(5) Such other actions, including but not limited to, a warning letter, as the Start Printed Page 29974Commission determines to be appropriate.
Commission employees are not signatories to the Commission's APOs and do not obtain access to BPI through APO procedures. Consequently, they are not subject to the requirements of the APO with respect to the handling of BPI. However, Commission employees are subject to strict statutory and regulatory constraints concerning BPI, and face potentially severe penalties for noncompliance. See 18 U.S.C. 1905; Title 5, U.S. Code; and Commission personnel policies implementing the statutes.
An important provision of the Commission's rules relating to BPI is the “24-hour” rule. This rule provides that parties have one business day after the deadline for filing documents containing BPI to file a public version of the document. The rule also permits changes to the bracketing of information in the proprietary version within this one-day period. No changes —other than changes in bracketing—may be made to the proprietary version. The rule was intended to reduce the incidence of APO breaches caused by inadequate bracketing and improper placement of BPI. The Commission urges parties to make use of the rule. If a party wishes to make changes to a document other than bracketing, such as typographical changes or other corrections, the party must ask for an extension of time to file an amended document pursuant to section 201.14(b)(2) of the Commission's rules.
II. Investigations of Alleged APO Breaches
Upon finding evidence of an APO breach or receiving information that there is a reason to believe one has occurred, the Commission Secretary notifies relevant offices in the agency that an APO breach investigation file has been opened. Upon receiving notification from the Secretary, the Office of General Counsel (OGC) begins to investigate the matter. The OGC prepares a letter of inquiry to be sent to the possible breacher over the Secretary's signature to ascertain the possible breacher's views on whether a breach has occurred. If, after reviewing the response and other relevant information, the Commission determines that a breach has occurred, the Commission often issues a second letter asking the breacher to address the questions of mitigating circumstances and possible sanctions or other actions. The Commission then determines what action to take in response to the breach. In some cases, the Commission determines that although a breach has occurred, sanctions are not warranted, and therefore has found it unnecessary to issue a second letter concerning what sanctions might be appropriate. Instead, it issues a warning letter to the individual. A warning letter is not considered to be a sanction.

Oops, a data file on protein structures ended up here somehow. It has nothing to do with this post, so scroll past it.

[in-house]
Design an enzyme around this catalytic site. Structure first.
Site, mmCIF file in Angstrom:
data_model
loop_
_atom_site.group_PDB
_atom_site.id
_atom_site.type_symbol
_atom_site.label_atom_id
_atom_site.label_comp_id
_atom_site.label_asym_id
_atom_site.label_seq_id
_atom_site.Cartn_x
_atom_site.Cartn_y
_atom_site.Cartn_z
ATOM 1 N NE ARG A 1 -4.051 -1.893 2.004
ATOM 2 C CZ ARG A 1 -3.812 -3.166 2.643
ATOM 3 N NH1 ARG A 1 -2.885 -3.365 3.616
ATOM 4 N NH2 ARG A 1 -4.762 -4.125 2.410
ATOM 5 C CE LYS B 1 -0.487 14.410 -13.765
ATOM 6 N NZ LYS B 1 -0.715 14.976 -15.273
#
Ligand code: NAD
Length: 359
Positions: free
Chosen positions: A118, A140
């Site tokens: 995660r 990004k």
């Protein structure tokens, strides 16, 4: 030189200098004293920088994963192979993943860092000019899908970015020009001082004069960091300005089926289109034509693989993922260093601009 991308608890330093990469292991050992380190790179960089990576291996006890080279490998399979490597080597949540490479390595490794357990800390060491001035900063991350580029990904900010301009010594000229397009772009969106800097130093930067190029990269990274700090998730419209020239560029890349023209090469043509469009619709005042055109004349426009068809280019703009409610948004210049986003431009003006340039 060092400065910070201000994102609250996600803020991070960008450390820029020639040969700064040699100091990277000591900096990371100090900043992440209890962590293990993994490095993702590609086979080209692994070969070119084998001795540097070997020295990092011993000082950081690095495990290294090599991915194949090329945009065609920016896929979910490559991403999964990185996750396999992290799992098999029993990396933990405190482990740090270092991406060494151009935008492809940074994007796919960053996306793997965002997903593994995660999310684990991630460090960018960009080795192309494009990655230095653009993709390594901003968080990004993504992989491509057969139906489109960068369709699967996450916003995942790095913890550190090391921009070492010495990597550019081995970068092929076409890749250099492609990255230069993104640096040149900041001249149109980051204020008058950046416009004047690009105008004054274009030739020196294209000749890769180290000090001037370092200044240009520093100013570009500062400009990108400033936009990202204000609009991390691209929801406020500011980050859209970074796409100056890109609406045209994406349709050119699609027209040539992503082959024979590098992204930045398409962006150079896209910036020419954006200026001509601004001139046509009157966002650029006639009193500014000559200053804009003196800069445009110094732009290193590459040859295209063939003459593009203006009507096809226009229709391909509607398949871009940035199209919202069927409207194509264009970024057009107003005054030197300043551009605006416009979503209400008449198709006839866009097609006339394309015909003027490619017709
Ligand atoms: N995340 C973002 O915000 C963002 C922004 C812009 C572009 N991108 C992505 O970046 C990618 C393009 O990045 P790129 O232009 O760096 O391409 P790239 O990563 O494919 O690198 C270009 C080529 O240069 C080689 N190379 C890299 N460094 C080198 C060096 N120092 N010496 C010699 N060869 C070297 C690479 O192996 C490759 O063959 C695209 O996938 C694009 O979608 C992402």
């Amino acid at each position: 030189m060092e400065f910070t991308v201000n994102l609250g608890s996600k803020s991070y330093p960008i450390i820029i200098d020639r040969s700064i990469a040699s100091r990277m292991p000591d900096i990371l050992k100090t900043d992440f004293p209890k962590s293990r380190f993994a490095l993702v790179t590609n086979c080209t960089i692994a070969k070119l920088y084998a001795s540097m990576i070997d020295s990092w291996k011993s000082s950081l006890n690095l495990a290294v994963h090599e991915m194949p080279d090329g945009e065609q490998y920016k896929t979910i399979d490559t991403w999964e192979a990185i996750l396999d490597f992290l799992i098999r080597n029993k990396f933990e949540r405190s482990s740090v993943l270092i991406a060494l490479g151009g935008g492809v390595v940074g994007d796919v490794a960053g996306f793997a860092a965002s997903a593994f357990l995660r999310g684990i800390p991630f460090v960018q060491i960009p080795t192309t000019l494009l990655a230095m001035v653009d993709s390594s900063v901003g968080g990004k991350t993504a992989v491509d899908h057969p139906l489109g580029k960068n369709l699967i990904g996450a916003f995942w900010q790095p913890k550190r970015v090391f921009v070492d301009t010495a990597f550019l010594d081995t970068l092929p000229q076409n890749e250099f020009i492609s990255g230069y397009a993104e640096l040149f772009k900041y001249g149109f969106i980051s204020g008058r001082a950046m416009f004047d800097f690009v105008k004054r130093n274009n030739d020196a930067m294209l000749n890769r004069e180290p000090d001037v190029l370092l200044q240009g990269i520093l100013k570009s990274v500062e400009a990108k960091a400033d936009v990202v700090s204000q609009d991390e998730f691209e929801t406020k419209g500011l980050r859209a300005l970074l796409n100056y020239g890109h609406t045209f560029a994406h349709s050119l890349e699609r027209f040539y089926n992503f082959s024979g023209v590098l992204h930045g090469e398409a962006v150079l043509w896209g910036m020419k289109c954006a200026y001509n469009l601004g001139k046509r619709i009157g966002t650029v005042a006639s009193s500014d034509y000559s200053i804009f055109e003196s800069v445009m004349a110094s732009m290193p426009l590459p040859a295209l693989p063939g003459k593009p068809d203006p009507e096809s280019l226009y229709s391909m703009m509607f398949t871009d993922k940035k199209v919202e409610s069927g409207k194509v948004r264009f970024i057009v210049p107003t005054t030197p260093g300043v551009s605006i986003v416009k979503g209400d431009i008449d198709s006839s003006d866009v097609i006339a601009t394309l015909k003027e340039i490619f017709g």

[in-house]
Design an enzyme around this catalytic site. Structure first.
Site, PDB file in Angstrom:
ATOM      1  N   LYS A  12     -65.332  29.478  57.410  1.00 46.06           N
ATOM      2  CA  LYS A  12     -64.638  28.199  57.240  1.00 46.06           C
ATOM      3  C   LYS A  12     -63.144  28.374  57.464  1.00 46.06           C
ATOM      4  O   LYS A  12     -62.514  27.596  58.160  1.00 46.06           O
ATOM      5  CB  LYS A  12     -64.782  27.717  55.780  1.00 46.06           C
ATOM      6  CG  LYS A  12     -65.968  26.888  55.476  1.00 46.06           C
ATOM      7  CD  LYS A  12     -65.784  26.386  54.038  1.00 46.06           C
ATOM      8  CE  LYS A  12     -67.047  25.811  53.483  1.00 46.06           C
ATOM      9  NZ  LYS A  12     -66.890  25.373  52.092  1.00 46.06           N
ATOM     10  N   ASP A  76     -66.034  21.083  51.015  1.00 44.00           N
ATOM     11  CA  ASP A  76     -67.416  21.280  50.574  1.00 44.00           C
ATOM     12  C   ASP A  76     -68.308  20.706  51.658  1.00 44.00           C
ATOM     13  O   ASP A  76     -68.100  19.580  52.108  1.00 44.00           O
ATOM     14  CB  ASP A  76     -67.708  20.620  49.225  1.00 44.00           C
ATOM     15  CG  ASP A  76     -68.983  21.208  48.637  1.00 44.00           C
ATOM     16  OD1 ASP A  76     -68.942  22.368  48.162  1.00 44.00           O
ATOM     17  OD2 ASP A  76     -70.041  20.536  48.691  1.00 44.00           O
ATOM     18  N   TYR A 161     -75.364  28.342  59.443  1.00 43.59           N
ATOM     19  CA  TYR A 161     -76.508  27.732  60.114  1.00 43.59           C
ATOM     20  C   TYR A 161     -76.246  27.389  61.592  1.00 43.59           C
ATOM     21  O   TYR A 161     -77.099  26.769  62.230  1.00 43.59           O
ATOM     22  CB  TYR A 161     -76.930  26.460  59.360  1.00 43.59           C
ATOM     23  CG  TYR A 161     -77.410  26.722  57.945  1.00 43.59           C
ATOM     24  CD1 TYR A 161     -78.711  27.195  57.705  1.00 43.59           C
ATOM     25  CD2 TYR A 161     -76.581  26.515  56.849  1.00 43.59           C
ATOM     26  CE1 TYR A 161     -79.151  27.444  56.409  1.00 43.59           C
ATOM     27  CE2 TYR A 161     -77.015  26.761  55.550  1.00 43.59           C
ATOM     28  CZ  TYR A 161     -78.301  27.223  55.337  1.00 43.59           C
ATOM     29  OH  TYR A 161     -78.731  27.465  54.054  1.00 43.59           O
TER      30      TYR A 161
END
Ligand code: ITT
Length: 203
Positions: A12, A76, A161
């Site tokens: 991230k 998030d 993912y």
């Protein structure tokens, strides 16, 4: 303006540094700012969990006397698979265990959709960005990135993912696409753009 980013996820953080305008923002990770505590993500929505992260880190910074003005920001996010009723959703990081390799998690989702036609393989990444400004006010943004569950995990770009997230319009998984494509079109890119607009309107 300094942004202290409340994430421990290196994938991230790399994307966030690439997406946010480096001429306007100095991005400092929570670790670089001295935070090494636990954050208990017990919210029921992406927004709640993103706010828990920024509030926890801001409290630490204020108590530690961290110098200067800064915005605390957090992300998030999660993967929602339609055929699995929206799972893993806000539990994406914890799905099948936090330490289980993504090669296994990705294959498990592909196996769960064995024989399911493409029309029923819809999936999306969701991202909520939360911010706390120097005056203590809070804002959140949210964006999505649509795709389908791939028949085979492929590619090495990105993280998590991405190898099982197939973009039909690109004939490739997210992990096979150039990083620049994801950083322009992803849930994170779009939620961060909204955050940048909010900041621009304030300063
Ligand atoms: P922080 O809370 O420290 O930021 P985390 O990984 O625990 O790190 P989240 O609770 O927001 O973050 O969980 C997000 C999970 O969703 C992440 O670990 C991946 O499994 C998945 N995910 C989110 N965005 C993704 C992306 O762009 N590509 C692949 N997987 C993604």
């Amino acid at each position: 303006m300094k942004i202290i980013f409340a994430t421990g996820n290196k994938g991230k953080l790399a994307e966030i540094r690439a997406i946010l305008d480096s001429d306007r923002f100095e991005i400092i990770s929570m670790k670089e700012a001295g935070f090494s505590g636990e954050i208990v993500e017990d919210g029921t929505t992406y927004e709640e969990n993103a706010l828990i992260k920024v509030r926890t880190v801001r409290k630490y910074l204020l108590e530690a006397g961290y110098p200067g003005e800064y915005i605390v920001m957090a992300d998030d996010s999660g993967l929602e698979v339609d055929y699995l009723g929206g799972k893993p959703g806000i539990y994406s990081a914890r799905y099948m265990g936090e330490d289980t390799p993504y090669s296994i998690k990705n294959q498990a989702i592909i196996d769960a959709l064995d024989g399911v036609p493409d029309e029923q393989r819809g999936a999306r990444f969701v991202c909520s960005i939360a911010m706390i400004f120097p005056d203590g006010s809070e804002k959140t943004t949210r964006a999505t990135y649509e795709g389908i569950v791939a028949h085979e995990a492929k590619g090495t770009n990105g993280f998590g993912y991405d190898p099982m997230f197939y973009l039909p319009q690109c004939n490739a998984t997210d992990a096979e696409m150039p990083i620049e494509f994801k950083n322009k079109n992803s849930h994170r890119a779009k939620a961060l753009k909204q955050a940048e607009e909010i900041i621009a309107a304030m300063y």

Sanctions for APO violations serve two basic interests: (a) preserving the confidence of submitters of BPI that the Commission is a reliable protector of BPI; and (b) disciplining breachers and deterring future violations. As the Conference Report to the Omnibus Trade and Competitiveness Act of 1988 observed, “[T]he effective enforcement of limited disclosure under administrative protective order depends in part on the extent to which private parties have confidence that there are effective sanctions against violation.” H.R. Conf. Rep. No. 576, 100th Cong., 1st Sess. 623 (1988).
The Commission has worked to develop consistent jurisprudence, not only in determining whether a breach has occurred, but also in selecting an appropriate response. In determining the appropriate response, the Commission generally considers mitigating factors such as the unintentional nature of the breach, the lack of prior breaches committed by the breaching party, the corrective measures taken by the breaching party, and the promptness with which the breaching party reported the violation to the Commission. The Commission also considers aggravating circumstances, especially whether persons not under the APO actually read the BPI. The Commission considers whether there are prior breaches by the same person or persons in other investigations and multiple breaches by the same person or persons in the same investigation.